Oil on gaoli paper, vividly painted in brilliant colours depicting the sitter in front profile from the waist up, her serene expression delicately rendered with full naturalistic attention, her face bright as if from natural sunlight, revealing a young yet dignified woman opulently adorned in the finest quality robes, wearing a black feather hat, pearl earrings and a sumptuous orange-ground embroidered dragon robe, all against a mottled pale grey ground. 54.5 by 41.5cm - Estimate upon request. Sold for HK$ 39.9 million
Provenance:: General Henri Nicolas Frey (1847- 1932), French Commander of the Eight-Nation alliance in China, 1900
Sotheby's Hong Kong, 2 May 2005, lot 529
Illustrated: Nie Chongzhen, A Study of Portraits of the Qianlong Emperor and Consorts, National Art Museum of China, Beijing, 2005, Issue 9, pp.89-90.
Nie Chongzhen, An extremely rare Imperial portrait of Consort Chunhui and Oil Portrait Paintings in Qing Dynasty Palace, CANS, Taipei, February 2006, no.97, pp.36-40, and illustrated on the cover.
Nie Chongzhen, On Imperial Oil Portrait Paintings of Emperors and Consorts in Qing Dynasty Palace, Palace Museum Journal, Taipei, 2008, Issue 2, pp.50-59.
Liang Lian, A Discovery of Giuseppe Castiglione's Authentic Artworks, China Collections, Taipei, 2008, Issue 3, pp.70-75.
The current painting depicts Consort Chunhui, the daughter of Su Zhaonan. Born during the Kangxi reign, Lady Su entered the Forbidden City during the Yongzheng period and became a concubine of the Yongzheng emperor's fourth son, Hongli, the future Qianlong Emperor. On his acendancy in 1736, she became his official consort, granted the title of Imperial Concubine Chun. In 1737, she was promoted to the rank of Consort Chun, and in 1745 was elevated to the status of Noble Consort Chun. In 1760, she was conferred the title of Imperial Noble Consort Chun, making her second only to the Empress in the Imperial harem. After her death later that year, she was posthumously honoured as Imperial Noble Consort Chunhui, and interred in the Yuling Mausoleum for concubines of the Qing emperors.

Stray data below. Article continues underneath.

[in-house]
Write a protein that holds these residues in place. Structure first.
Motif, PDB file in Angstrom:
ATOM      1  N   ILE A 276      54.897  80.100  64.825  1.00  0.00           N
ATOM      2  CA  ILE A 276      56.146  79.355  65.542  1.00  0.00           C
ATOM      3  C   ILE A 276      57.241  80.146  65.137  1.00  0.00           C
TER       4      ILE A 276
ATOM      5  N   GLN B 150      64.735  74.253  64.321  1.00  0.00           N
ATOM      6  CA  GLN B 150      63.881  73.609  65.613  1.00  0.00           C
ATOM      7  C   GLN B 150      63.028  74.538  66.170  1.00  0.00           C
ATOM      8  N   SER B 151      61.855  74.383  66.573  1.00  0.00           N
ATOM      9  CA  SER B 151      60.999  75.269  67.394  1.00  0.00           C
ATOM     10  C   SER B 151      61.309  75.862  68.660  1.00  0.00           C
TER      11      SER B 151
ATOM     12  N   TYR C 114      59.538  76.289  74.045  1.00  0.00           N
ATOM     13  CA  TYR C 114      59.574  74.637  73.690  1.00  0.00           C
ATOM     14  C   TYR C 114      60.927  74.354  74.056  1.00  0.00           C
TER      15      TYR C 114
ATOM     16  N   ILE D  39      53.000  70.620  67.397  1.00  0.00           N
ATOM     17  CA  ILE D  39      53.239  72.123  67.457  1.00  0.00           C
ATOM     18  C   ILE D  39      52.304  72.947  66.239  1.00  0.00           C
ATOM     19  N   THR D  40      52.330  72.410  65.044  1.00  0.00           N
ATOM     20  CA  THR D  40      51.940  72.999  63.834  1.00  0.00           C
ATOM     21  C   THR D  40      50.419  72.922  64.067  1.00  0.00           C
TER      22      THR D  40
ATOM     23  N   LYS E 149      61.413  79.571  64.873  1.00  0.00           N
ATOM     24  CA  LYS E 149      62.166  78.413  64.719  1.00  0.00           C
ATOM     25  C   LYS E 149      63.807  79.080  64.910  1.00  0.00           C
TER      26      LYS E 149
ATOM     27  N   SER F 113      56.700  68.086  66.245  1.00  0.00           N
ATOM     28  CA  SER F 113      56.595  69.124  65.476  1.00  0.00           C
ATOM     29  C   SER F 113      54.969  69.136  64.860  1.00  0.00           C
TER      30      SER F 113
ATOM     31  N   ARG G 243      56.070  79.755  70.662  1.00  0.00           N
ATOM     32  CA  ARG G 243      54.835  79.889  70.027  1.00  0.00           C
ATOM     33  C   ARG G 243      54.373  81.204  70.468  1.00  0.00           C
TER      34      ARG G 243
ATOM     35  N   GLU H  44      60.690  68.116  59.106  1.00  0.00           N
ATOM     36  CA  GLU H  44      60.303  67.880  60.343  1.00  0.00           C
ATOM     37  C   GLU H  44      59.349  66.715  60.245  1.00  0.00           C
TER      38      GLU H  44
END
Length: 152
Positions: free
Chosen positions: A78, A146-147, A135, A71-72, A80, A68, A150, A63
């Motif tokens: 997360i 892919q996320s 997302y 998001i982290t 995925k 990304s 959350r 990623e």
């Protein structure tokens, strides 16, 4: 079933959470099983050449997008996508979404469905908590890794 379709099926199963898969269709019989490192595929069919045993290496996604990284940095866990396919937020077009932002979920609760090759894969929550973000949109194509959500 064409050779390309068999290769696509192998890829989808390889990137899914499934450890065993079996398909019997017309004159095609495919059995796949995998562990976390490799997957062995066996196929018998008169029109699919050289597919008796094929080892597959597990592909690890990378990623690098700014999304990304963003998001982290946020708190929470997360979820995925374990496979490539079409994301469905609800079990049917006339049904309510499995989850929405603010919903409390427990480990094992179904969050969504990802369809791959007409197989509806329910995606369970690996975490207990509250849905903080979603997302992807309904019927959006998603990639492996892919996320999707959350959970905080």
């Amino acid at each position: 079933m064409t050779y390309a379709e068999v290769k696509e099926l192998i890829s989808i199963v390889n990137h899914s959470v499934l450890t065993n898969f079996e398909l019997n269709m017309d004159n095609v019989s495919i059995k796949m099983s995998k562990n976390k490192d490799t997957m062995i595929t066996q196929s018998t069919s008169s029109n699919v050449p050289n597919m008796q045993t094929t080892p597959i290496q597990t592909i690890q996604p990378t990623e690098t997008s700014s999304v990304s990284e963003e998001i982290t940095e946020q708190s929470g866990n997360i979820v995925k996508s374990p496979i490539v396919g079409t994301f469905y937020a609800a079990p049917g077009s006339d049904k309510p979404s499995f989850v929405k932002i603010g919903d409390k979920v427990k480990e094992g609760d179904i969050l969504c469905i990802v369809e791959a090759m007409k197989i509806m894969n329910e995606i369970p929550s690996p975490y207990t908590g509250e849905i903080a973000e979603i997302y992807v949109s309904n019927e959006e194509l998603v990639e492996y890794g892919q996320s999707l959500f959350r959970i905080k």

Other than the current painting, there are two recorded depictions of her. The first is on the famous handscroll painted by Castiglione in 1736, the Inauguration Portrait of Qianlong: the Empress, and the Eleven Imperial Consorts(fig.1), which depicts half portraits of the Qianlong emperor, empress and eleven of his consorts, Chunhui appearing as the second consort. This handscroll is in the collection of the Cleveland Museum of Art, and was illustrated in Cecile and Michael Beurdeley, Castiglione, Peintre Jesuit a la Cour de Chine, Fribourg, 1971, pp. 98-101; and again in the National Palace Museum exhibition Emperor Chi'enlung's Grand Cultural Enterprise, Taipei, 2002, cat. 1-2. The second depiction is on a large Imperial portrait (fig.2), also from the collection of General Frey, which depicts her in formal robes on a throne, painted in shengrong style on silk, sold at Vente Poulain-Le Fur-Ricqles, France, 23 September 2001, lot 128, and illustrated, Cabinet Portier. 100 ans. 1909-2009 , p.151, no. 651, and now in a private collection.
Giuseppe Castiglione (1688-1766) (Chinese name Lang Shining) was the longest serving of the missionary-artists at the Qing court, with a career spanning fifty-one years, during which he worked for the Kangxi, Yongzheng and Qianlong emperors. Born in Milan, he entered the Society of Jesus in Genoa in 1707 at the age of nineteen. As a novitiate, he had time to develop his interest in painting, so that by the time he received orders from the Society to spread the faith in China in 1714, he was already proficient. Arriving in Macau in 1715, he quickly assimilated and learned Chinese language and customs, before being transferred to Beijing. Recommended by a fellow missionary Matteo Ripa (1682-1746) he was summoned for an audience with the Kangxi Emperor.